Former state representative Lynn Schindler (R–Spokane Valley) passed away earlier this week. Schindler served in the House from 1998 to 2009.
Happening in Olympia
State Sen. Maureen Walsh (R-Walla Walla) hopes that after a heated election season, legislators can return to a more civil tone come January. “Civility is important to me. I’m hoping folks are feeling the same way. Working together we can accomplish a lot,” she said. Walsh also acknowledged the realities for Olympia Republicans, given the recent election results. “I think there’s a lot of things we need to continue to stay united with, making sure some bills don’t get through. Hopefully we’ll continue to be successful; you have to play a little defense when you’re in the minority.” (Washington State Wire)
The City of Seattle agreed to a $720,000 consulting contract with Anne Fennessy, the wife of one of Mayor Jenny Durkan’s deputy mayors and a longtime Durkan friend. Fennessy will be tasked with negotiating for the city as Sound Transit seeks to build Ballard, downtown and West Seattle lines. Fennessy will act as a “single point of contact” between the city and the transit agency under the four-year contract. (Seattle Times)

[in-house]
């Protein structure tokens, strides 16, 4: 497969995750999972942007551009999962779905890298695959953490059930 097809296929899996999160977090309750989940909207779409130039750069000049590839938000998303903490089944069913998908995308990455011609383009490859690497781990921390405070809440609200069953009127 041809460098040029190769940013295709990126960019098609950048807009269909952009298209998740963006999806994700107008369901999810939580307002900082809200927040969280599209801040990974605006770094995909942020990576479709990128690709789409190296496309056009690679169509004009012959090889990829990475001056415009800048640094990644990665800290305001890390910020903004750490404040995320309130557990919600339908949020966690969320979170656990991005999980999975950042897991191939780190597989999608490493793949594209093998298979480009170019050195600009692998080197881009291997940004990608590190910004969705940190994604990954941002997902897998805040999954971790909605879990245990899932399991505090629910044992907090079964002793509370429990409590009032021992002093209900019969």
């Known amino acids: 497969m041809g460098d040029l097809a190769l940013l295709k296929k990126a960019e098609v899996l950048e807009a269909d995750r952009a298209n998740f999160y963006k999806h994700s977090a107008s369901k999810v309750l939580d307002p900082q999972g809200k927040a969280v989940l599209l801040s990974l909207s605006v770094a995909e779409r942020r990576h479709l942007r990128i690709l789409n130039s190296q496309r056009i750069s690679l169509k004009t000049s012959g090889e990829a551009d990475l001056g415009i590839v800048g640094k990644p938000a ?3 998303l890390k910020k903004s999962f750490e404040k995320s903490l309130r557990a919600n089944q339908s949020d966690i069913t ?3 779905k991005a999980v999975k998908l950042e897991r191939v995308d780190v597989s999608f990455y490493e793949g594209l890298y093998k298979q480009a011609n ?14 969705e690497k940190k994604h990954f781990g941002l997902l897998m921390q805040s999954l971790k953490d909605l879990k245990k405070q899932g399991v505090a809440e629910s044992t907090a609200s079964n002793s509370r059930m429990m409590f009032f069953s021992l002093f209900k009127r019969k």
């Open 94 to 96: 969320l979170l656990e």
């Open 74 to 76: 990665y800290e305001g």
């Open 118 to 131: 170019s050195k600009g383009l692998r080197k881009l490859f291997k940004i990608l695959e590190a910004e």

On Saturday the King County GOP will select a new leader – and it’s pretty clear who it shouldn’t be. Three candidates have thrown their hats in the ring for KCGOP chair: Current vice chair Cynthia Cole, political operative Doug Basler, and Kathy Finney, a former PCO in the 45th Legislative District. After looking at the trio’s backgrounds, Basler’s is chock-full of bankruptcies, deceits, and questionable business practices. (NW Daily Maker)
The Washington Utilities and Transportation Commission yesterday denied the sale of energy company Avista Corp to Hydro One Ltd. The 47-percent Canadian ownership in Hyrdo One was a key sticking point during the review. The commission stated: “The proposed transaction cannot be said to be consistent with the public interest when it is evident that decisions affecting Hydro One’s and Avista’s business operations and financial integrity are subject to political considerations…” (The Spokesman-Review)
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